WHO are known to recognise the value of DDT. old age. but the effort could be made. Further declaring that the enjoyment of the highest attainable standard of health is one of the fundamental rights of every human being. it is difficult to say because it is so hard to understand what it means . The risk-risk trade off concerned here is balanced between the possible reproductive impairment of birds of prey and the lives of two million people a year . The international health agencies are reluctant to propose using DDT for the sake of political correctness. clothing.mainly children. to ’a state of complete physical. The new leadership of the WHO under Gro Harlem Brundtland is making its ’Roll Back Malaria’ campaign a priority. disability. sickness. At the moment. to set the standard of how things should be. or lack of livelihood in circumstances beyond an individual’s control. they are surely trivial compared to the human death toll. so it would also be interesting to see if they are brave enough to seriously consider using it again. water. education. (although Western countries stopped using DDT some have continued its manufacture) it now suffers the stigma of being rejected by the more sophisticated Americans. but there are signs that Zimbabwe is willing to try using it again to control mosquitoes. The consensus definition of these ’rights’ amongst WHO officials include ’the right to adequate food. health care. and the right to security in case of unemployment. in the case of the DDT campaign. the new leadership policy unit is busy discussing the expansion of the meaning of ‘well-being’ from the ‘absence of disease or infirmity‘ that was the understanding of the founders fifty years ago. Time and science have largely refuted the claims made against DDT. This may or may not be helpful. It is part of the WHO’Sremit to be normative. mental and social well-being’. but even if they were true. Now. reproductive health and social services.Commentary 223 As Kemm has stated. but it would be welcome if it was decided to increase the proportion of annual resources spent on it from the current five per cent. Respect for human rights and the achievement of public health goals are complementary’ (WHO 1998). That is not to say that they could all be saved. it is not even a question of a human health risk. despite there being stores of DDT all over Africa. At the time of writing details have not been released.

. There have actually been seat-belt campaigns in parts of Africa where the only vehicles for a hundred miles are aid-agency Land Rovers. how much education and what type? These statements raise more questions than they are worth. More meaningful global values such as empathy. He also suggests that WHO should defer to existing national or international agencies already operating in a country. Perhaps it is boring for WHO officials to be faced year after year with the same intractable problems to deal with. he finds that the profile of expertise in WHO offices is inconsistent with national requirements. such sentiments are of little value to those not rich enough to protect themselves from communicable diseases. Westerners want to save developing countries now from the problems that they might encounter in the future.224 Environmental Health and how it might work. but that is. cosmopolitan cities will be more enthused by health problems that are more immediate or novel to their members and funders. It is perhaps inevitable that international agencies based in rich. Now that western society has reaped the benefits of economic development in the form of long and healthy lives and high levels of consumption.a view seemingly endorsed by the WHO. And. and that their policies will reflect their own preferences. rather than help them to deal with the problems that they are actually facing today. respect for other cultures.feminism. tellingly. non-racialism and other reactionary responses to the failures of the past . universalistic and essentialist approaches to philosophy. what is expected of them. 1997). it takes them for granted. It even disparages economic growth . having found that some of the poorest countries received the smallest input of WHO resources. ethics and social policy are gradually being transformed as they come under the growing influences of multiculturalism. surely. and there is plenty more such rhetoric to philosophise over. However ’meaningful’ these sentiments are in Geneva... The way forward suggested by Dr Adetokunbo Lucas (1998) is that WHO should vary its spending in each country according to its needs. How to enforce a ‘right to adequate clothing’. rather than duplicating efforts. a deeper understanding of human rights coupled with responsibilities will replace the fads sweeping the world markets’ (Benatar. including this gem: ‘Imperialistic.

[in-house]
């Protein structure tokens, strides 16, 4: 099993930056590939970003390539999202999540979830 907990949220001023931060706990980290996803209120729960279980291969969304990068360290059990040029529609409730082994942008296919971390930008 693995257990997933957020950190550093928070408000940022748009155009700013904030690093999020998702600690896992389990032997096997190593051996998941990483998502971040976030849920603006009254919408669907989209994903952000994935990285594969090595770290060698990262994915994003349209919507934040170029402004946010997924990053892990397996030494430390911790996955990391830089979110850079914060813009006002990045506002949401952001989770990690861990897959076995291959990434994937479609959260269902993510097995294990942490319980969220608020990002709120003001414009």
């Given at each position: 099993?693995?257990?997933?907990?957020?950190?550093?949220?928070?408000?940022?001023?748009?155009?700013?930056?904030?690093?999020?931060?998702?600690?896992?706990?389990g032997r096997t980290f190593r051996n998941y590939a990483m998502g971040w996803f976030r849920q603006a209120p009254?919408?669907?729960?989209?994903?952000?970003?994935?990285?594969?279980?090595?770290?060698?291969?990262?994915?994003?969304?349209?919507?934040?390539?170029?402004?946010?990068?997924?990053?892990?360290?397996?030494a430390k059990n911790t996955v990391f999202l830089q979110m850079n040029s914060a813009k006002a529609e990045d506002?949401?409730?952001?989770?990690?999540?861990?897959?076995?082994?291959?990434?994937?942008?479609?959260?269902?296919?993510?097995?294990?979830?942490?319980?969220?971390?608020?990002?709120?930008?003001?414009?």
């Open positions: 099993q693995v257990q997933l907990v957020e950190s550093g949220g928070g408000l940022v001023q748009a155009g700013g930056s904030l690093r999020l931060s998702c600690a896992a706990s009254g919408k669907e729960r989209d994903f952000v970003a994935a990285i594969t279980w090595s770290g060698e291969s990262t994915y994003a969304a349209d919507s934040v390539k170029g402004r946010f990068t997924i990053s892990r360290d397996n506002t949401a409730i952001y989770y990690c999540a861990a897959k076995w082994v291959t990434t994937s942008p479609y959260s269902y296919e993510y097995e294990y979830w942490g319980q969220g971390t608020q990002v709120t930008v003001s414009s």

References Benatar. Bryant and J. Equity and Health for All. Gallagher. WHO at country level. Document A51/5:2. (1997). Key ethical dimensions of the renewal process at the global level: streams of global change. . WHO (1998a) Health for All in the 22st century. H. A. The Lancet. 351. J. S. in: Ethics. We further hope that Western expertise and assistance is used to help poorer people in a way that is useful to them. (1998). Lucas. Edited by Z. CIOMS.Commentary 225 amazingly. Bankowski. We hope that developing countries will not do themselves the disservice of emulating Western attitudes which are irrelevant or dangerous to them. 743-747.